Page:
Sheena Matheiken has “pledged to wear one dress for one year as an exercise in sustainable fashion” (she has 7 identical dresses for each day of the week). The dress is personally designed to be worn in three ways and the outfits are completed with second-hand accessories. More than a statement on sustainability, The Uniform Project is also a year-long fundraiser for the Akanksha Foundation, a grassroots movement that is revolutionizing education in India.
Happy New Year!
— From me and some energy company you’ve probably never heard of.
Washing machines and dryers have seen little innovation since their introduction in the early 1900’s. As devices that use both electrical energy and water and are typically present in most homes, washing machines are in need of reinvention. This is why I am surprised that recent developments in washing machine technology have not received more press given the rise in environmentally-friendly writing and discussion.
Xeros Ltd. is a company spun off of Leeds University research that has developed a washing machine that uses 2% of the energy and water that conventional washing machines use. The process leaves the clothing practically dry after washing so dryer’s are no longer necessary. And the most impressive fact about the technology is that it is ready to debut in 2009 (pretty soon compared to other promised energy technologies).
These two ideas are beginning to look very promising. Given that Xeros Ltd. has secured a relatively modest investment of around $1 million, if you got some money sitting around, they would probably appreciate it.
It is pretty rare that an announcement of an advancement in green technology creates a stir in the world of online journalism, but MIT’s Daniel Nocera made it happen yesterday. Most green technology news is rarely monumental and may garner some interest from science-y blogs, but this story has been covered by multiple sources. A professor of chemistry, Nocera has discovered a catalyst that can split water molecules and generate hydrogen for fuel cells. Nocera’s discovery is monumental because the catalyst is made of cheap and abundant materials and, when coupled with the sunlight captured by solar cells, can create a system that generates energy during the day and night. The ability to mimic photosynthesis at an efficient, inexpensive, and safe level is the product of 25 years of work.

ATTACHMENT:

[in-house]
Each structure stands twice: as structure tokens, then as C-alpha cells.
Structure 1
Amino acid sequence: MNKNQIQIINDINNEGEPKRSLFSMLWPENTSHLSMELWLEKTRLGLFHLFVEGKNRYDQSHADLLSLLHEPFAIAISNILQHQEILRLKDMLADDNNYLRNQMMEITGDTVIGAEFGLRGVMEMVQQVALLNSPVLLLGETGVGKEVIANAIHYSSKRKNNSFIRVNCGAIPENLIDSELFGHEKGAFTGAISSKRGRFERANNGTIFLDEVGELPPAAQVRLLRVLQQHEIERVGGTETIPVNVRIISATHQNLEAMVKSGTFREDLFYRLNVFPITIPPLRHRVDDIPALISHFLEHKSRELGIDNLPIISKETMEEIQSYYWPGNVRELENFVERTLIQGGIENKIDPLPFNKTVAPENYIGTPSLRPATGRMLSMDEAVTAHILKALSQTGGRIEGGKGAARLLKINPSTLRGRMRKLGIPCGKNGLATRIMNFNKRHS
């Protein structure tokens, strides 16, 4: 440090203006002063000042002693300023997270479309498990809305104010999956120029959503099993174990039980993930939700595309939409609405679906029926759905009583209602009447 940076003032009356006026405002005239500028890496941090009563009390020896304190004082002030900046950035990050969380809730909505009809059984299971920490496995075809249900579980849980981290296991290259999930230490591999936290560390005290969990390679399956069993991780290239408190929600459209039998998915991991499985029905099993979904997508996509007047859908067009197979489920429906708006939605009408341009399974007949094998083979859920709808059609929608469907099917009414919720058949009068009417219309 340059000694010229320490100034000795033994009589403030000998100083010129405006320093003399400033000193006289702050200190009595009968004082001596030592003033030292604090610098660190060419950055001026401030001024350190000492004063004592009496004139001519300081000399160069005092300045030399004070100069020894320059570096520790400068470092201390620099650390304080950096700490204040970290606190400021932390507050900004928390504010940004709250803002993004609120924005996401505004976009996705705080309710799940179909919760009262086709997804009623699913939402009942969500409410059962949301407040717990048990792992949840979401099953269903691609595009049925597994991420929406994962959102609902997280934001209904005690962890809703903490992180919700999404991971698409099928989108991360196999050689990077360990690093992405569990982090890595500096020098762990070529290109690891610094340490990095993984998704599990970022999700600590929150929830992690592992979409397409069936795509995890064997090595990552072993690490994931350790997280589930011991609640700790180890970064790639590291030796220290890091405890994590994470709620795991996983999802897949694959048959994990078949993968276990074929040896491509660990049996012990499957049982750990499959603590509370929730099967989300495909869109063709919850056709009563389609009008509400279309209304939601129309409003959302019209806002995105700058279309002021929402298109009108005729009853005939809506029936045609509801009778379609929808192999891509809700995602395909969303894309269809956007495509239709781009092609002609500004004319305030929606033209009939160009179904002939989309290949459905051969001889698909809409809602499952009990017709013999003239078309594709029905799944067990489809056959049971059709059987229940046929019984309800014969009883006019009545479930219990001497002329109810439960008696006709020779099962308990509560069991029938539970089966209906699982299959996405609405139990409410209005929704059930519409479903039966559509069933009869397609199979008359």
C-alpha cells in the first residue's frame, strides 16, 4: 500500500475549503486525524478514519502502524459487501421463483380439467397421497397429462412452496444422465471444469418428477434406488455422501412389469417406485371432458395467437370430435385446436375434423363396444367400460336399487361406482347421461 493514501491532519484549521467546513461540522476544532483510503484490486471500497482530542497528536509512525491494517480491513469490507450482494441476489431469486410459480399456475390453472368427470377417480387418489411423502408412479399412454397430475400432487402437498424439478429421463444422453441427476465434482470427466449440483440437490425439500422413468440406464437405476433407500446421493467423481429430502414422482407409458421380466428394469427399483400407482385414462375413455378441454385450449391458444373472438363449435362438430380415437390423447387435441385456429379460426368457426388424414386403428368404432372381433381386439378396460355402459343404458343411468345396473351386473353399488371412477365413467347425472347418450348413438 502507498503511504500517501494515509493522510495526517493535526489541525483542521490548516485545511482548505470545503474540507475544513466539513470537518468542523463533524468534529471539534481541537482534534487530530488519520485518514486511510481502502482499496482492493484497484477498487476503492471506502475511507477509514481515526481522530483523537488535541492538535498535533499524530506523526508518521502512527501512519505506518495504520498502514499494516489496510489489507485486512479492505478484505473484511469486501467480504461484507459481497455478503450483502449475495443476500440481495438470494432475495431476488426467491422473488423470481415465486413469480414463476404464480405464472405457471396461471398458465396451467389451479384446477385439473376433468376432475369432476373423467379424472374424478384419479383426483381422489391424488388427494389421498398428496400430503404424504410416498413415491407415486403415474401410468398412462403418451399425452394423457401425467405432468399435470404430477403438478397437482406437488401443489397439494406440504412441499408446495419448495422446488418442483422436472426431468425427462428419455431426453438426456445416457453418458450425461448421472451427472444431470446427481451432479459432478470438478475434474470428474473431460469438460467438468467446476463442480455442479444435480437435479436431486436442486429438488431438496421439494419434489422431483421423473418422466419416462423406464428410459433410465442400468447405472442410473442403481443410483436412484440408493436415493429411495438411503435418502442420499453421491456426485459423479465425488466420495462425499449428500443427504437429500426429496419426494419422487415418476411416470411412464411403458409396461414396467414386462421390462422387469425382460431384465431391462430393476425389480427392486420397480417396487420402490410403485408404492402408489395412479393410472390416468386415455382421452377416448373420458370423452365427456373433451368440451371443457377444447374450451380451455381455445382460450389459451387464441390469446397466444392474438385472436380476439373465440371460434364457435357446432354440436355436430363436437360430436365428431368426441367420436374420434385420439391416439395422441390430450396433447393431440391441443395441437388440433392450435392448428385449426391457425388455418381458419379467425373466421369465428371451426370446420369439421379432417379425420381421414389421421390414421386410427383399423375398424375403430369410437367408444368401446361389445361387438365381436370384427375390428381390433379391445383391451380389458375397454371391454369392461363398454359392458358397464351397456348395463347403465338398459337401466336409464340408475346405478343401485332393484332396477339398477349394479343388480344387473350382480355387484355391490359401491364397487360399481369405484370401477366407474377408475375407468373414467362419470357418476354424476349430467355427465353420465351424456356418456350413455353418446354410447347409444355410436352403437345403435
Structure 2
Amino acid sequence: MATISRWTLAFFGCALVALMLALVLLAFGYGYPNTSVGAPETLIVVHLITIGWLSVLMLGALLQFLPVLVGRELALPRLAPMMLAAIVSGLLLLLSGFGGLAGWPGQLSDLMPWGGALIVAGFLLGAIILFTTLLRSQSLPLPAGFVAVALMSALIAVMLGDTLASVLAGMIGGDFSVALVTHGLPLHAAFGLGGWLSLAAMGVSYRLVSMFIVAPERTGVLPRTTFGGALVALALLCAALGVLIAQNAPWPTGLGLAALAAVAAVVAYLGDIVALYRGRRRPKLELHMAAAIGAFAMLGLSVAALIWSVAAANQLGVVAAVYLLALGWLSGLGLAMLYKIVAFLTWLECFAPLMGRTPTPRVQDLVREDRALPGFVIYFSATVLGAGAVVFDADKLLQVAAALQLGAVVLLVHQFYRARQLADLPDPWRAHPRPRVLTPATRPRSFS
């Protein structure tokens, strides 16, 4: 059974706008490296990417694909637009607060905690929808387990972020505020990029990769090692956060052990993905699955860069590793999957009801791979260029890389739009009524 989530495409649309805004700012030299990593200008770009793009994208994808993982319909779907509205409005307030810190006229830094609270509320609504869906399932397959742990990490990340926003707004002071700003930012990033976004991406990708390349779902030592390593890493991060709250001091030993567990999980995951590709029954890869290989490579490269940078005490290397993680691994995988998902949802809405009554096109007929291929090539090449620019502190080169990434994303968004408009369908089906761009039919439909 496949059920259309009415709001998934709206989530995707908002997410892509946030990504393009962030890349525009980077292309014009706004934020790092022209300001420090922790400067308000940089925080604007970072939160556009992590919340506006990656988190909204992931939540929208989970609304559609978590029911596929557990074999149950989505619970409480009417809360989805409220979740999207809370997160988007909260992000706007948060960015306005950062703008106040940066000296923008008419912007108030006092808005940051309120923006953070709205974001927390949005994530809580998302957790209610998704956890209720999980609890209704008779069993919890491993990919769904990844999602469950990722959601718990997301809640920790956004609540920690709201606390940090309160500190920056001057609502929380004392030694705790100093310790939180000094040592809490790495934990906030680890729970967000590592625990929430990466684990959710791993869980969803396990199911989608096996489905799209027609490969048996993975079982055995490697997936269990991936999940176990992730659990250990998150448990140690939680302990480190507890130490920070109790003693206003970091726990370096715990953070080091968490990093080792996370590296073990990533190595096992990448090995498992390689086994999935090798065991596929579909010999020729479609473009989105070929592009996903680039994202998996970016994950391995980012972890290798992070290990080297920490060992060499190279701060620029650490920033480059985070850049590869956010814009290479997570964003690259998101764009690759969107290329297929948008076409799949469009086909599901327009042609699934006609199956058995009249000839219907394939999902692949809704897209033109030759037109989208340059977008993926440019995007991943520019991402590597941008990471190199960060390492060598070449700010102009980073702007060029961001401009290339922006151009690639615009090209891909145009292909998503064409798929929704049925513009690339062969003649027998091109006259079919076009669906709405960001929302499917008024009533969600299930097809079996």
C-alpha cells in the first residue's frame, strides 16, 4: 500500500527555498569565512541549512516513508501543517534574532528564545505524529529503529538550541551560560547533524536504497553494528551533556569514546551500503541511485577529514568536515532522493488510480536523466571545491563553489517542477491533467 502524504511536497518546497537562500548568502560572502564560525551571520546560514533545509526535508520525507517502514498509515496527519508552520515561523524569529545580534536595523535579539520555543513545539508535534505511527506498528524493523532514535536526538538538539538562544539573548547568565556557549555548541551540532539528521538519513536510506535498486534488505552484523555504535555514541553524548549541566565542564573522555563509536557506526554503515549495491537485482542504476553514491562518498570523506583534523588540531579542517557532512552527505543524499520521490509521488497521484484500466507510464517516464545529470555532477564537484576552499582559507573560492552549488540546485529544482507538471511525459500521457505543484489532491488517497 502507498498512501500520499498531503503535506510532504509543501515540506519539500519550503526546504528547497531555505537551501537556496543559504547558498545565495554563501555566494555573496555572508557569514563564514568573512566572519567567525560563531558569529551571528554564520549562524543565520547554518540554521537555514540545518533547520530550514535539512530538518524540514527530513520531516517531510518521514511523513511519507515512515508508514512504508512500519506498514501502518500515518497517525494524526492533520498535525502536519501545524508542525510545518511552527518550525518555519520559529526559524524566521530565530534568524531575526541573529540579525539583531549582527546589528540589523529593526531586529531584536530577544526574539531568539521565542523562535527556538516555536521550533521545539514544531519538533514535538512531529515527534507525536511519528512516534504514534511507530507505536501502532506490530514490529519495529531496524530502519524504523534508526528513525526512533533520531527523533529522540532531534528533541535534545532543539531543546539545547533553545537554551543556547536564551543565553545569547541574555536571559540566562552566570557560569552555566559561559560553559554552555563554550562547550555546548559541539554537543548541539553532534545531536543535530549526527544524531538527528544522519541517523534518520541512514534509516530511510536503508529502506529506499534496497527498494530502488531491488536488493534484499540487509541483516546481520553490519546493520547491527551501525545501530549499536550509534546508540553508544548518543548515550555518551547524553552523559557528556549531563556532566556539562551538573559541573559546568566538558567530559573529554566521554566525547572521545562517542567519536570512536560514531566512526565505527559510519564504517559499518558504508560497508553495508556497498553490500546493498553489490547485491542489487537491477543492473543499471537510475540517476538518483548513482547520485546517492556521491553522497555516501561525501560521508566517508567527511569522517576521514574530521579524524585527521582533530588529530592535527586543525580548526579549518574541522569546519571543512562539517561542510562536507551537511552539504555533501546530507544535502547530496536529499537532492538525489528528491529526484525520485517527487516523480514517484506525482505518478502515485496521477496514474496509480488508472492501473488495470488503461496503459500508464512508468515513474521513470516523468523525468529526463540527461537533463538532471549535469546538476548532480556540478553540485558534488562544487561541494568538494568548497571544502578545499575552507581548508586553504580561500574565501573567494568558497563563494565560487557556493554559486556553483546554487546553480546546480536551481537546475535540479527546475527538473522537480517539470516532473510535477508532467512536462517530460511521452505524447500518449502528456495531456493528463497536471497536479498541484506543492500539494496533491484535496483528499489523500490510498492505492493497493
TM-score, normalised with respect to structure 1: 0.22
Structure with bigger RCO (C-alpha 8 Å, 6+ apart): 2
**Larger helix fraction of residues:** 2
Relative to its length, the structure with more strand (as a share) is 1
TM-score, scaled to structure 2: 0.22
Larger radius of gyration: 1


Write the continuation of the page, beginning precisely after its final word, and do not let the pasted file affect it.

Karsten Meyer, a professor of chemistry at Friedrich Alexander University, calls the discovery “simply groundbreaking. Nocera has probably put a lot of researchers out of business.” And with regards to the solar power field, “This is probably the most important single discovery of the century.”
The seemingly slow scientific attack on climate change may have many people (myself included) frustrated, but Nocera’s work shows that there is powerful foresight in the research community.
And now, best quote ever props goes to Nocera himself who said, “For the last six months, driving home, I’ve been looking at leaves, and saying, ‘I own you guys now.'”
Good news for those who live in the happiest state on earth. California just unanimously approved the first ever statewide green building code that will not only cut the energy usage of new structures but also is looking to tackle the oncoming water crisis by reducing water used in all structures as well as in landscaping. I would be more pleased, however, if the use of eco-friendly construction materials was more than just “advocated”. Things are far from over though for California as this act will not be put into action until 2010 and the fact that California uses more gas than China is still a ridiculous truth.